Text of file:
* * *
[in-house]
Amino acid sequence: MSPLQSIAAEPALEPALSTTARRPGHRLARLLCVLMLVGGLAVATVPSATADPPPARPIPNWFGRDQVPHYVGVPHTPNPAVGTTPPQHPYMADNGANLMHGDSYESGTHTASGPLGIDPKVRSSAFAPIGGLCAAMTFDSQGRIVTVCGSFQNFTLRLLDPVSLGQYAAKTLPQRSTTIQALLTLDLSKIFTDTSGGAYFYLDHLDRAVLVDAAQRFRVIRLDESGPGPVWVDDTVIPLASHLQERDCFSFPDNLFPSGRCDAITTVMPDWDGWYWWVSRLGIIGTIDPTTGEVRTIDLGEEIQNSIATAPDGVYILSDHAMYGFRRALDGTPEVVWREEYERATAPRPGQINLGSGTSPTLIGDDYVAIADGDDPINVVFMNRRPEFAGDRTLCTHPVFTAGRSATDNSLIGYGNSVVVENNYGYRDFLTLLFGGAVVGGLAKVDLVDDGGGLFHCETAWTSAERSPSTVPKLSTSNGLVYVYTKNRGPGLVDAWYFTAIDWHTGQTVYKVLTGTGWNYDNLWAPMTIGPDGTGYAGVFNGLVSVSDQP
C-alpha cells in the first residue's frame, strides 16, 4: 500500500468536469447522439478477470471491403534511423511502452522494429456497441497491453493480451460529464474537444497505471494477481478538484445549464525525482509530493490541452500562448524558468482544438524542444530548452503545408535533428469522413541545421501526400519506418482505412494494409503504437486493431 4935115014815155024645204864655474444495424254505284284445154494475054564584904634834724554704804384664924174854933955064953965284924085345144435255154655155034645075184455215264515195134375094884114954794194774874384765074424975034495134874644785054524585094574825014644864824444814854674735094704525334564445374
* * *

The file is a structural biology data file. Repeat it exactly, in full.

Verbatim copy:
[in-house]
Amino acid sequence: MSPLQSIAAEPALEPALSTTARRPGHRLARLLCVLMLVGGLAVATVPSATADPPPARPIPNWFGRDQVPHYVGVPHTPNPAVGTTPPQHPYMADNGANLMHGDSYESGTHTASGPLGIDPKVRSSAFAPIGGLCAAMTFDSQGRIVTVCGSFQNFTLRLLDPVSLGQYAAKTLPQRSTTIQALLTLDLSKIFTDTSGGAYFYLDHLDRAVLVDAAQRFRVIRLDESGPGPVWVDDTVIPLASHLQERDCFSFPDNLFPSGRCDAITTVMPDWDGWYWWVSRLGIIGTIDPTTGEVRTIDLGEEIQNSIATAPDGVYILSDHAMYGFRRALDGTPEVVWREEYERATAPRPGQINLGSGTSPTLIGDDYVAIADGDDPINVVFMNRRPEFAGDRTLCTHPVFTAGRSATDNSLIGYGNSVVVENNYGYRDFLTLLFGGAVVGGLAKVDLVDDGGGLFHCETAWTSAERSPSTVPKLSTSNGLVYVYTKNRGPGLVDAWYFTAIDWHTGQTVYKVLTGTGWNYDNLWAPMTIGPDGTGYAGVFNGLVSVSDQP
C-alpha cells in the first residue's frame, strides 16, 4: 500500500468536469447522439478477470471491403534511423511502452522494429456497441497491453493480451460529464474537444497505471494477481478538484445549464525525482509530493490541452500562448524558468482544438524542444530548452503545408535533428469522413541545421501526400519506418482505412494494409503504437486493431 4935115014815155024645204864655474444495424254505284284445154494475054564584904634834724554704804384664924174854933955064953965284924085345144435255154655155034645075184455215264515195134375094884114954794194774874384765074424975034495134874644785054524585094574825014644864824444814854674735094704525334564445374